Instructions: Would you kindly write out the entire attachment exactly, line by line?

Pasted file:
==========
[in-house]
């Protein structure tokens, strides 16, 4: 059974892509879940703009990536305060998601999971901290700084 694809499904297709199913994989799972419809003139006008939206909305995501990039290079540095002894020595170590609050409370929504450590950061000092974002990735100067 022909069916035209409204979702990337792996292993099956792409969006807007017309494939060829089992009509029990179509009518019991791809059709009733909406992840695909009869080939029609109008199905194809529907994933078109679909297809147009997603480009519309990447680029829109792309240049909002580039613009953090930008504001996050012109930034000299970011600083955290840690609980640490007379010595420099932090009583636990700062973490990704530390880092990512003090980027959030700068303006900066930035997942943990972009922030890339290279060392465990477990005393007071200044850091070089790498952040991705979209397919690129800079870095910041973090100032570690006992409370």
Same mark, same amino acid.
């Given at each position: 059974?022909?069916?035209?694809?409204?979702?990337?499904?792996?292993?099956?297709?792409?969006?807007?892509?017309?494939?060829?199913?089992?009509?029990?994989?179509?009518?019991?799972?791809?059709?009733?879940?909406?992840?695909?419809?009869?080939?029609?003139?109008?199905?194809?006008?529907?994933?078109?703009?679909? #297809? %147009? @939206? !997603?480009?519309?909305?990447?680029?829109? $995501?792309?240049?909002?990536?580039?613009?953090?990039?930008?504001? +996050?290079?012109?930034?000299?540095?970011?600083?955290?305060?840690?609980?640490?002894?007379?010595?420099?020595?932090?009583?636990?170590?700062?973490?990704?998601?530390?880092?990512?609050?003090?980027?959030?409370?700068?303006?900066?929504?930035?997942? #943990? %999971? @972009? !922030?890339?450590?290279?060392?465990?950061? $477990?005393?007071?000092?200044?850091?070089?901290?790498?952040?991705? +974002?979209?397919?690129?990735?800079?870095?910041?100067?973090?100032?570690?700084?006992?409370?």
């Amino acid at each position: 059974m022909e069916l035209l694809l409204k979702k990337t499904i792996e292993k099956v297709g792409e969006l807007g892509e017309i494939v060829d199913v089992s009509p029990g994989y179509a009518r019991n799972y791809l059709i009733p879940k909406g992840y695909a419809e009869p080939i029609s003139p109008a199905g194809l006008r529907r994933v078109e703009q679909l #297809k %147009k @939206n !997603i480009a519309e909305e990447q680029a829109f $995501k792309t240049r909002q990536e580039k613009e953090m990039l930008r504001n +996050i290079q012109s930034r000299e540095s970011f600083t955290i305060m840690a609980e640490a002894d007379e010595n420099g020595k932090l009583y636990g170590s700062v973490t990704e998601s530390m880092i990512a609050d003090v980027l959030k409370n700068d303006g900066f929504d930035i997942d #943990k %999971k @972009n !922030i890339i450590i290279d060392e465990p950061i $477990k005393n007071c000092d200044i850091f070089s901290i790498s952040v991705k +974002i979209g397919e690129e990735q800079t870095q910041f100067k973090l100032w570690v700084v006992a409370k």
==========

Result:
[in-house]
């Protein structure tokens, strides 16, 4: 059974892509879940703009990536305060998601999971901290700084 694809499904297709199913994989799972419809003139006008939206909305995501990039290079540095002894020595170590609050409370929504450590950061000092974002990735100067 022909069916035209409204979702990337792996292993099956792409969006807007017309494939060829089992009509029990179509009518019991791809059709009733909406992840695909009869080939029609109008199905194809529907994933078109679909297809147009997603480009519309990447680029829109792309240049909002580039613009953090930008504001996050012109930034000299970011600083955290840690609980640490007379010595420099932090009583636990700062973490990704530390880092990512003090980027959030700068303006900066930035997942943990972009922030890339290279060392465990477990005393007071200044850091070089790498952040991705979209397919690129800079870095910041973090100032570690006992409370």
Same mark, same amino acid.
């Given at each position: 059974?022909?069916?035209?694809?409204?979702?990337?499904?792996?292993?099956?297709?792409?969006?807007?892509?017309?494939?060829?199913?089992?009509?029990?994989?179509?009518?019991?799972?791809?059709?009733?879940?909406?992840?695909?419809?009869?080939?029609?003139?109008?199905?194809?006008?529907?994933?078109?703009?679909? #297809? %147009? @939206? !997603?480009?519309?909305?990447?680029?829109? $995501?792309?240049?909002?990536?580039?613009?953090?990039?930008?504001? +996050?290079?012109?930034?000299?540095?970011?600083?955290?305060?840690?609980?640490?002894?007379?010595?420099?020595?932090?009583?636990?170590?700062?973490?990704?998601?530390?880092?990512?609050?003090?980027?959030?409370?700068?303006?900066?929504?930035?997942? #943990? %999971? @972009? !922030?890339?450590?290279?060392?465990?950061? $477990?005393?007071?000092?200044?850091?070089?901290?790498?952040?991705? +974002?979209?397919?690129?990735?800079?870095?910041?100067?973090?100032?570690?700084?006992?409370?």
């Amino acid at each position: 059974m022909e069916l035209l694809l409204k979702k990337t499904i792996e292993k099956v297709g792409e969006l807007g892509e017309i494939v060829d199913v089992s009509p029990g994989y179509a009518r019991n799972y791809l059709i009733p879940k909406g992840y695909a419809e009869p080939i029609s003139p109008a199905g194809l006008r529907r994933v078109e703009q679909l #297809k %147009k @939206n !997603i480009a519309e909305e990447q680029a829109f $995501k792309t240049r909002q990536e580039k613009e953090m990039l930008r504001n +996050i290079q012109s930034r000299e540095s970011f600083t955290i305060m840690a609980e640490a002894d007379e010595n420099g020595k932090l009583y636990g170590s700062v973490t990704e998601s530390m880092i990512a609050d003090v980027l959030k409370n700068d303006g900066f929504d930035i997942d #943990k %999971k @972009n !922030i890339i450590i290279d060392e465990p950061i $477990k005393n007071c000092d200044i850091f070089s901290i790498s952040v991705k +974002i979209g397919e690129e990735q800079t870095q910041f100067k973090l100032w570690v700084v006992a409370k």